HELENA, Mont. (AP) — A Helena judge ordered Montana health officials on Wednesday to temporarily reinstate last year's Medicaid reimbursement rates after a group of nursing homes and assisted-living facilities challenged state rate cuts.

The order issued by District Judge James Reynolds says the Department of Public Health and Human Services must not apply the reduced rates for reimbursements to nursing homes and assisted-living facilities that provide services to Medicaid patients.

The Montana Health Care Association and six companies that own nursing facilities in the state showed good cause that the health department is violating its constitutional rights, the judge wrote.

The order will stand until at least July 11, when Reynolds set a court hearing on the matter.

Health department spokesman Jon Ebelt did not immediately return a call for comment.

The health department cut Medicaid provider reimbursement rates by 2.99 percent in January, citing spending reductions across state government aimed at closing a budget shortfall. The rates are calculated based on the number of Medicaid patients a provider services per day.

That 2.99 percent reduction can mean a loss of more than $100,000 a year for larger nursing homes. Rose Hughes, executive director of the health care association, said the cuts have cost the plaintiffs a combined $3 million this year, forcing many to turn away new Medicaid patients or cut staff hours, programs or equipment.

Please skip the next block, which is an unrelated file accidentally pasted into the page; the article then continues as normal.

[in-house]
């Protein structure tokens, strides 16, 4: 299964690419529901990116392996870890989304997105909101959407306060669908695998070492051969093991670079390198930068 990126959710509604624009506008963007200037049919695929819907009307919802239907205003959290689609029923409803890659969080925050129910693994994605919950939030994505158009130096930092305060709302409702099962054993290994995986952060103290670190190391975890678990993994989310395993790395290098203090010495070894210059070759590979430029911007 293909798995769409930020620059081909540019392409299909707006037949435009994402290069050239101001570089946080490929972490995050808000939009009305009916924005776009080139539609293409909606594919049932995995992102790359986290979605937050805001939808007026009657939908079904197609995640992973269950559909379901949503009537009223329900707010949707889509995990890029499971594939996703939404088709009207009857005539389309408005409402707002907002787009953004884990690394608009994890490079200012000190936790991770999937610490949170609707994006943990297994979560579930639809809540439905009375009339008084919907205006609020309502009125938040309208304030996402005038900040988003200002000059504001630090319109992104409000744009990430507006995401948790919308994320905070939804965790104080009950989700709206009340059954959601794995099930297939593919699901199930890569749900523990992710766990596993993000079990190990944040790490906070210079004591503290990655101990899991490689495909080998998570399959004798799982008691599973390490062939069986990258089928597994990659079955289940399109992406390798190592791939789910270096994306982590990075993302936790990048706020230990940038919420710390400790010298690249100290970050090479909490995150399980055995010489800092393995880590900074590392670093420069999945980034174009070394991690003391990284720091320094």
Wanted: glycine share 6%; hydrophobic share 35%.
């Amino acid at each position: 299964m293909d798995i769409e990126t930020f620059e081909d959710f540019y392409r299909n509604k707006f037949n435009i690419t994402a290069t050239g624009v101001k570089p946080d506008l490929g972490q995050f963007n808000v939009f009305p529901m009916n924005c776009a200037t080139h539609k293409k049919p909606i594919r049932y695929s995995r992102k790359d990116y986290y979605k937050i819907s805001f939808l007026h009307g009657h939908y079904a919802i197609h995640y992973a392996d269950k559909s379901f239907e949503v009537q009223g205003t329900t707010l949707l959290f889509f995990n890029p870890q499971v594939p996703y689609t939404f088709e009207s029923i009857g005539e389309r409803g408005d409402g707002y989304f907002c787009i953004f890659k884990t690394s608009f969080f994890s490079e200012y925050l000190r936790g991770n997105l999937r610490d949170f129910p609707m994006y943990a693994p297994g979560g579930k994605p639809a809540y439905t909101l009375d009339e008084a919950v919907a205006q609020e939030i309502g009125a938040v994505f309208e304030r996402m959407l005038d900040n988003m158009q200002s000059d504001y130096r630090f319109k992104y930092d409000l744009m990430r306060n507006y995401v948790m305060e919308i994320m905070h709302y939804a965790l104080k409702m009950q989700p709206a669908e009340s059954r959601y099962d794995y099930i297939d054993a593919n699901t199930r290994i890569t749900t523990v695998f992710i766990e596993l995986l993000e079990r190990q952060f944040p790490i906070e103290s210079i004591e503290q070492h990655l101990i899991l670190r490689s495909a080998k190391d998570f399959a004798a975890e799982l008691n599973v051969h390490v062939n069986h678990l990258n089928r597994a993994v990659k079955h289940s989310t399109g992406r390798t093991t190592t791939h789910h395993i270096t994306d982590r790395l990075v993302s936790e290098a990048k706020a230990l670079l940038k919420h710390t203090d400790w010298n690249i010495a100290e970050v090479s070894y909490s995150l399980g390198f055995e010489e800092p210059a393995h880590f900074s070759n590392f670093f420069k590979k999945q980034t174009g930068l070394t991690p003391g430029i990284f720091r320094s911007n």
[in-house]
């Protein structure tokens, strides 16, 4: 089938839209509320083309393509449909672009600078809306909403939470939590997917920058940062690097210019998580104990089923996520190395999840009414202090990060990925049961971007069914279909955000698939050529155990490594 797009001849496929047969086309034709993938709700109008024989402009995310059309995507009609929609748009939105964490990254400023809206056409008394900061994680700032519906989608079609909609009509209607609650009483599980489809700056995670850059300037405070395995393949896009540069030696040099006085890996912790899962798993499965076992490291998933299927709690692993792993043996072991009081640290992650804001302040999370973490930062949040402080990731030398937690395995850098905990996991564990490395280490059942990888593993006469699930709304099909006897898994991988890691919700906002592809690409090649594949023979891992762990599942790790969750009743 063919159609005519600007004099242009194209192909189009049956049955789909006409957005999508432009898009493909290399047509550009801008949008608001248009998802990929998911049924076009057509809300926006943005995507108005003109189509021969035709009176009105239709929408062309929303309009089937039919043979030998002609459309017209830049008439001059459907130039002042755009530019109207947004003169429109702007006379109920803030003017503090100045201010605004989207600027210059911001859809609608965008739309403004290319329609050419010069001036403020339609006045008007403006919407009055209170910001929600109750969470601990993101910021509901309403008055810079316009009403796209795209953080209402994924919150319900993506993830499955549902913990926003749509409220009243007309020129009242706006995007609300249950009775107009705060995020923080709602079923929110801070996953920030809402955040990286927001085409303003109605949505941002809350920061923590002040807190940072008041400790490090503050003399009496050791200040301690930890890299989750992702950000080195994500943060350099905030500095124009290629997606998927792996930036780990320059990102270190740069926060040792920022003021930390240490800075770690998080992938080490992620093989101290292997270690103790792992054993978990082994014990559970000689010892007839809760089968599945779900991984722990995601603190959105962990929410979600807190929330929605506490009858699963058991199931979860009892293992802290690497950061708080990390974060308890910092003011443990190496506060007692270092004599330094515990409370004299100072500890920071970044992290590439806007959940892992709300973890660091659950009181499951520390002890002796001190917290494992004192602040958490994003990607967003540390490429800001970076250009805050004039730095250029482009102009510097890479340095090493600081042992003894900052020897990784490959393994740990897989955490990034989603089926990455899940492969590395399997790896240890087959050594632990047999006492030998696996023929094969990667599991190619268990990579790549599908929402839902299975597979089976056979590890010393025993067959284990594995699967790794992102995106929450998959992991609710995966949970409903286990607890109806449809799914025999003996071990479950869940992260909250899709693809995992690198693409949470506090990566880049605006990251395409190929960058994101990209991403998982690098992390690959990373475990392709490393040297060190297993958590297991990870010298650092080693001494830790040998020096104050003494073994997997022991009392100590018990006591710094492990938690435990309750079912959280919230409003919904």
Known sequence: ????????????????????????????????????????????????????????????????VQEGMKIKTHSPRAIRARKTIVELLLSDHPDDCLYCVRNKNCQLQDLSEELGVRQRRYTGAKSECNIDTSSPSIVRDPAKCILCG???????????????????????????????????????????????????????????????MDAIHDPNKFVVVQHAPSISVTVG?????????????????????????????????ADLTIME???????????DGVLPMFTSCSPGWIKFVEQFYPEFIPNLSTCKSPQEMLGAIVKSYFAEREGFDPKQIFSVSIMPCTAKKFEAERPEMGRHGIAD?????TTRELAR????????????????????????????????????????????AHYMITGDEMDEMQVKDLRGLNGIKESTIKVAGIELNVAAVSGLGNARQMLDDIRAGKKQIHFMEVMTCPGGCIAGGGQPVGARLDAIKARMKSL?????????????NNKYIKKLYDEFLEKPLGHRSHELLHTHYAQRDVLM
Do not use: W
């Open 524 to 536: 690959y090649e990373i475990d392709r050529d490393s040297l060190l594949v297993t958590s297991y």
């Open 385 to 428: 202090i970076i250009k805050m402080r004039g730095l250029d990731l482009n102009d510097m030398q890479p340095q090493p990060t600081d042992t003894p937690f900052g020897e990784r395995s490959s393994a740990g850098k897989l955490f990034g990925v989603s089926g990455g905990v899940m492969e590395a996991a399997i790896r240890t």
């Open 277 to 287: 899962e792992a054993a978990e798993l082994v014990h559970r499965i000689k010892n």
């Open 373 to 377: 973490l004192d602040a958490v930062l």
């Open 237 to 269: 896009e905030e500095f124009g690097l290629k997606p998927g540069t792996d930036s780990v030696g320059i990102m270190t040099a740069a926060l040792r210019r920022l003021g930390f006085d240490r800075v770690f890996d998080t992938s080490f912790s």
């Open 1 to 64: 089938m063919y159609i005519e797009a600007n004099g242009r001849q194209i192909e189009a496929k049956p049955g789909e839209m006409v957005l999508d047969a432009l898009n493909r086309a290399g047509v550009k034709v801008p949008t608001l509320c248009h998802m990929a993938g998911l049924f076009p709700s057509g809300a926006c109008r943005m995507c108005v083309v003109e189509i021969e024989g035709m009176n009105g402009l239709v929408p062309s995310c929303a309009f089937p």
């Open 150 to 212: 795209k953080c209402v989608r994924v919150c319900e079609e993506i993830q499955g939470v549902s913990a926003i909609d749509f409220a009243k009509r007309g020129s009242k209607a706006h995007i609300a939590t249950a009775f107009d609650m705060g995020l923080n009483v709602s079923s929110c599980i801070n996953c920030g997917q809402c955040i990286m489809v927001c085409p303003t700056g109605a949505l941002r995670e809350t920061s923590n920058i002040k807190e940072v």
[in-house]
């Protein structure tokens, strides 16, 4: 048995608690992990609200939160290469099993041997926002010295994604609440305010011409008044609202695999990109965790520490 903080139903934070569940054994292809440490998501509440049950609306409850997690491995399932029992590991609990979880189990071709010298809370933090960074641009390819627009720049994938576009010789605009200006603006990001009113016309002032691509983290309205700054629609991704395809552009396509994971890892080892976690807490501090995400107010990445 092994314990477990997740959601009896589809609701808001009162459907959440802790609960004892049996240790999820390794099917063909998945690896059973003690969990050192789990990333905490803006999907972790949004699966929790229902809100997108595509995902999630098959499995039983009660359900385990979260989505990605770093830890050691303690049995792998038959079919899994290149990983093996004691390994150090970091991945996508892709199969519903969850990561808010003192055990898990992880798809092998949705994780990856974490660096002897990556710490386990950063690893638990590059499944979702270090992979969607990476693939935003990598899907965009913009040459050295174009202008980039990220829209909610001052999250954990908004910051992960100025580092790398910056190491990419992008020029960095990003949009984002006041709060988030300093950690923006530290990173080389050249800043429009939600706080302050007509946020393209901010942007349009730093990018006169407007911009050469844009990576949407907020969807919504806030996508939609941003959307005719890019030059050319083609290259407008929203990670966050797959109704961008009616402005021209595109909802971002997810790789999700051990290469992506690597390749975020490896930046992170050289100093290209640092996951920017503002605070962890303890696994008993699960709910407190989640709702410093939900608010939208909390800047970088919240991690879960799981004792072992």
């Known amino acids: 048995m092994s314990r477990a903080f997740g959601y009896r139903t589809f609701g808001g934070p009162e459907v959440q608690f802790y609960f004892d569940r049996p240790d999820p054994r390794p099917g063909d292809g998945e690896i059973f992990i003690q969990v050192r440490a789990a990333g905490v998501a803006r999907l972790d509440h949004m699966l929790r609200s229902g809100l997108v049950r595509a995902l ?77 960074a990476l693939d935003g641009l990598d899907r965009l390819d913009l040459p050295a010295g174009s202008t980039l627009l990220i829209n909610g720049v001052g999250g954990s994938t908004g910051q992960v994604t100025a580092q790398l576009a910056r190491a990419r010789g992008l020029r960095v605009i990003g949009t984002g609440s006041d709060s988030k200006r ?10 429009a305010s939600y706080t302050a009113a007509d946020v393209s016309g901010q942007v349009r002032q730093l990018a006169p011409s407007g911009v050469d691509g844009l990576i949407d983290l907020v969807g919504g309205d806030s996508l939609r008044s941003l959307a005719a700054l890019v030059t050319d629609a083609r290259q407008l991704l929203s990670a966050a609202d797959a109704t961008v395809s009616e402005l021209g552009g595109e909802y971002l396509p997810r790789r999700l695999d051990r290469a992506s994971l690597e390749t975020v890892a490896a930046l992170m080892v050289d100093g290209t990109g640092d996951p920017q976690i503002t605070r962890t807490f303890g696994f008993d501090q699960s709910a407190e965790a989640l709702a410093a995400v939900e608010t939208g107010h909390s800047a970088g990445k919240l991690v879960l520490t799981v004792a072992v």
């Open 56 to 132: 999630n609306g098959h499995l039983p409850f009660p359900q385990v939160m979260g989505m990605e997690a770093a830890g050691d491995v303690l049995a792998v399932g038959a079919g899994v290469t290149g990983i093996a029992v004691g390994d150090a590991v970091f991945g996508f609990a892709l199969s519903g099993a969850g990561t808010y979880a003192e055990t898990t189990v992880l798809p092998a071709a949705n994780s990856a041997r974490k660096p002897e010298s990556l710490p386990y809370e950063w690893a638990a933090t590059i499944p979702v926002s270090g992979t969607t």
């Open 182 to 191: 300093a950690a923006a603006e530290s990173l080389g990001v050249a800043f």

"Any relief at this point helps," Hughes said Wednesday. "We feel like that puts us one step closer to the resolution of the issues we raised."

Besides nursing homes, the rate reduction also has forced closures and cutbacks for providers who help the disabled and people with developmental disabilities, and caused layoffs in hospitals in Kalispell and Missoula.

The lawsuit accuses health officials of making the cuts without providing a reasonable explanation of why they're necessary and without adequate public input.

The lawsuit also says that the rule that set the cut conflicts with a law passed by the state Legislature in 2017 that raised the nursing homes' bed fees, a measure that was meant to increase the amount the U.S. government pays in matching funds.